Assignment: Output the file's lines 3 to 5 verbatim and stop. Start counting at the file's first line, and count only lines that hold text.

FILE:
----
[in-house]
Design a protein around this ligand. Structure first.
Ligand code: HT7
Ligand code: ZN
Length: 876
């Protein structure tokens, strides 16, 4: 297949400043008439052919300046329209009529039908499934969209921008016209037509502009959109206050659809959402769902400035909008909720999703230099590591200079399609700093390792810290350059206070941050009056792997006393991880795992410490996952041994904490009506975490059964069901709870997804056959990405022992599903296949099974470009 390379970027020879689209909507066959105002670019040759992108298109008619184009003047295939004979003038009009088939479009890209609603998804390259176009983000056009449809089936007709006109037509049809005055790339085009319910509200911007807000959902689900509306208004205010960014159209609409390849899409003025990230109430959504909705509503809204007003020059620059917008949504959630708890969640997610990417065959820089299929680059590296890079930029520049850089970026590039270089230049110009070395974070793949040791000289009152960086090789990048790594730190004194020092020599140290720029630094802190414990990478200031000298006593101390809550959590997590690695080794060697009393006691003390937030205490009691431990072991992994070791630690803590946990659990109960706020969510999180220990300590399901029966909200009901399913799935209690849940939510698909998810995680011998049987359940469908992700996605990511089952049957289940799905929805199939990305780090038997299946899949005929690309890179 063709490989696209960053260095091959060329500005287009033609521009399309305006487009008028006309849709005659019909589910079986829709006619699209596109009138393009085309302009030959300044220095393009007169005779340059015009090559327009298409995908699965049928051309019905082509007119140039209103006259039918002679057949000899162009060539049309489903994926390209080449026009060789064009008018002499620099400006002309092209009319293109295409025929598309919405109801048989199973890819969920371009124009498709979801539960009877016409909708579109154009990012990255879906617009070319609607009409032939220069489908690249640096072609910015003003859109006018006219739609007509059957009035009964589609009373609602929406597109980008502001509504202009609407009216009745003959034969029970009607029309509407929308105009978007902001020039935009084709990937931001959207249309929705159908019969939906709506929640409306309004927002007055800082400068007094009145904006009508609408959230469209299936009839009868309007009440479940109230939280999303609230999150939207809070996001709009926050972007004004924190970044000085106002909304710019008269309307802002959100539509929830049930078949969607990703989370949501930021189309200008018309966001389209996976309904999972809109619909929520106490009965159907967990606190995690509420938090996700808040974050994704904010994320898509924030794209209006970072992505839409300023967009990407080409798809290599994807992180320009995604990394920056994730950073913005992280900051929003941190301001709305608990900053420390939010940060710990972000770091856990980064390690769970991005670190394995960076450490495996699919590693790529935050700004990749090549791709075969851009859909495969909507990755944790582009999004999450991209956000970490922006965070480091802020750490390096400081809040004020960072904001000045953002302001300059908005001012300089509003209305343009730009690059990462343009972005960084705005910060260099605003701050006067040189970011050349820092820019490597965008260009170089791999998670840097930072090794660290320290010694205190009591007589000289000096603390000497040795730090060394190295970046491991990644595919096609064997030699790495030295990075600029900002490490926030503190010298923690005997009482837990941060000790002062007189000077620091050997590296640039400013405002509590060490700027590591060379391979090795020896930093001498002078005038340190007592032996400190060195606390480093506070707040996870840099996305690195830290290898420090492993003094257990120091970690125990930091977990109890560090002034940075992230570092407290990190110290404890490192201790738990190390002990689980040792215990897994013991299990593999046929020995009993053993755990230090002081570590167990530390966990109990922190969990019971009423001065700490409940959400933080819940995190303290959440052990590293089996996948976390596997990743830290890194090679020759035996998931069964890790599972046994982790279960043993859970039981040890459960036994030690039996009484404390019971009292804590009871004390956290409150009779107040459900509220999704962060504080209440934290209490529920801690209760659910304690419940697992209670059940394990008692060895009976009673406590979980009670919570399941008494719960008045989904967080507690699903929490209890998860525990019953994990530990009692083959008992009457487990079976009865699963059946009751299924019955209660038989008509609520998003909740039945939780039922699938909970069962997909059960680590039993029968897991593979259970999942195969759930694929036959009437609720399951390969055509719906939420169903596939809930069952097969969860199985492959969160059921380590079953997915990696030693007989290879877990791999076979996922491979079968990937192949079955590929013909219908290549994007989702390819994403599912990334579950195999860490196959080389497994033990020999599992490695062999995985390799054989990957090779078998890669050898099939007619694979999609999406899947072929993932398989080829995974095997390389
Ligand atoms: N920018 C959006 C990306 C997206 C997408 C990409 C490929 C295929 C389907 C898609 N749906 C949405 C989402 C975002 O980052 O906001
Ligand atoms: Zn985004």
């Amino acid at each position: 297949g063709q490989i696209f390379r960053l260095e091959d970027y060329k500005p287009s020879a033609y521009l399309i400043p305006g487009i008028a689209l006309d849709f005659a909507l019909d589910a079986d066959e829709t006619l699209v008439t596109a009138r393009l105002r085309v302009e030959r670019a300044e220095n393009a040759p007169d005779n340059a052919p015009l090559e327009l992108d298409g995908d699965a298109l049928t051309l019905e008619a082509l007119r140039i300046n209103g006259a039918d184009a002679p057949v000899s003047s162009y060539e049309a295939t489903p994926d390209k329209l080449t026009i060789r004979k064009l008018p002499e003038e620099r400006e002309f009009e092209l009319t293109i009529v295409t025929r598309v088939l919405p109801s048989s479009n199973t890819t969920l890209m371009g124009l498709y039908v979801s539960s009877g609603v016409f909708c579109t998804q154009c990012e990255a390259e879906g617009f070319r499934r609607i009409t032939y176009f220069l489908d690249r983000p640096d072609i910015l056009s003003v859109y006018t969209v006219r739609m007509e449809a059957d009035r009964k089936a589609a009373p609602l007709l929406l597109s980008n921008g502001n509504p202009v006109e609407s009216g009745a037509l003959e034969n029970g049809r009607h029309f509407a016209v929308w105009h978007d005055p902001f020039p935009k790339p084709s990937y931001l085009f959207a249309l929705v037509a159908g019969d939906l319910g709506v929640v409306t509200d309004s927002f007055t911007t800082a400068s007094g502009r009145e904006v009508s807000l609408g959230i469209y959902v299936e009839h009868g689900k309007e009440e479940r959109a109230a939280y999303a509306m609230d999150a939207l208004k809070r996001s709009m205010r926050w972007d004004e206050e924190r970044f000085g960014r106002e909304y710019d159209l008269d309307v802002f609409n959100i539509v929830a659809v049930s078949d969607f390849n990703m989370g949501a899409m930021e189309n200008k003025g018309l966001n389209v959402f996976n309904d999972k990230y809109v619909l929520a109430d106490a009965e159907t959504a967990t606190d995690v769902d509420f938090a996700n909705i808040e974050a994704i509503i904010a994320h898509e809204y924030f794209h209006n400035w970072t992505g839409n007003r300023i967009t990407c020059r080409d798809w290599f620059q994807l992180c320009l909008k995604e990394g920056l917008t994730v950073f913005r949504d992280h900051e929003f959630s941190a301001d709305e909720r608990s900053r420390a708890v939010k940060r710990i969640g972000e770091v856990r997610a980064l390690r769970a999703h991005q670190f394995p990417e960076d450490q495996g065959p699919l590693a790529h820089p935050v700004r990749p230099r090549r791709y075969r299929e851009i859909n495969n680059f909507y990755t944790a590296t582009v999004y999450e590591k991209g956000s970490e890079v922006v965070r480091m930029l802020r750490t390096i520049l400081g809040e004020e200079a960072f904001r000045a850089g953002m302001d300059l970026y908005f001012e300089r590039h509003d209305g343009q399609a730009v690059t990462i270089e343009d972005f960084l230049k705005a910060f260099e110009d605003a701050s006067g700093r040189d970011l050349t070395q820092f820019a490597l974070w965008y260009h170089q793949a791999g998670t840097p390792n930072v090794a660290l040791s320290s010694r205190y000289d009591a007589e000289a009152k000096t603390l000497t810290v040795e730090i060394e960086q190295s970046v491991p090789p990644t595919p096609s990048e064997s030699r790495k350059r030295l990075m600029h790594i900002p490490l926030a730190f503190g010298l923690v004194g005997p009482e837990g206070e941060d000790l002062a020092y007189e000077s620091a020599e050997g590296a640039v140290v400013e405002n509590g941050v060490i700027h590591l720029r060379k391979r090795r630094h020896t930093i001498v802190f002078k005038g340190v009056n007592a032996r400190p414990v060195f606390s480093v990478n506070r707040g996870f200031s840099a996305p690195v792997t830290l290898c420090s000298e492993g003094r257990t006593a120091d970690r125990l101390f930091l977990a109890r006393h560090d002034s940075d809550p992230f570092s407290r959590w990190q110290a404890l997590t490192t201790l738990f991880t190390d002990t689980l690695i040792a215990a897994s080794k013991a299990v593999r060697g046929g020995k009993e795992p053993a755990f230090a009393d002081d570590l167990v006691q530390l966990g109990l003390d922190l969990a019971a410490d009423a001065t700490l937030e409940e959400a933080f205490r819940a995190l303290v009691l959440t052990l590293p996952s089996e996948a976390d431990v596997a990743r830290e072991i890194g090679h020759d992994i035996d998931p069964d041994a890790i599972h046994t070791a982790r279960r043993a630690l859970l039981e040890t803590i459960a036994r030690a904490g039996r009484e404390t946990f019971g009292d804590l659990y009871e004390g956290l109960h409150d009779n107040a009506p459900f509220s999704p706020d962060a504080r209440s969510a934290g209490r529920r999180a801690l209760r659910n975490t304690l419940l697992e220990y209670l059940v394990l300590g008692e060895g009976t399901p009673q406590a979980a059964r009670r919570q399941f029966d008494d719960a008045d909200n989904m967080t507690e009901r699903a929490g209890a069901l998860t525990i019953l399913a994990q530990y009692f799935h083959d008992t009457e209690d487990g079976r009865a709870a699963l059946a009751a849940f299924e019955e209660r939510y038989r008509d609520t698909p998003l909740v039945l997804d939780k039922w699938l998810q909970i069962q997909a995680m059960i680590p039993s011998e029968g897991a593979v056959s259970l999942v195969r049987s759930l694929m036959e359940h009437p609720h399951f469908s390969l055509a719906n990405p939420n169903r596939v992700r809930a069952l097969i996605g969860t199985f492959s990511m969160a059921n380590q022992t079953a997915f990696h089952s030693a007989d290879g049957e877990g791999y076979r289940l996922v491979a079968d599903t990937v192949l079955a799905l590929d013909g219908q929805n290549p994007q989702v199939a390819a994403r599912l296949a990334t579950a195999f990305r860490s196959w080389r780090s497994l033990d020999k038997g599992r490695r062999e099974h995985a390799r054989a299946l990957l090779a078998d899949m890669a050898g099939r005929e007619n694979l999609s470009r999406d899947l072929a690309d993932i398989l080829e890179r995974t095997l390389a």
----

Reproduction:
Ligand code: HT7
Ligand code: ZN
Length: 876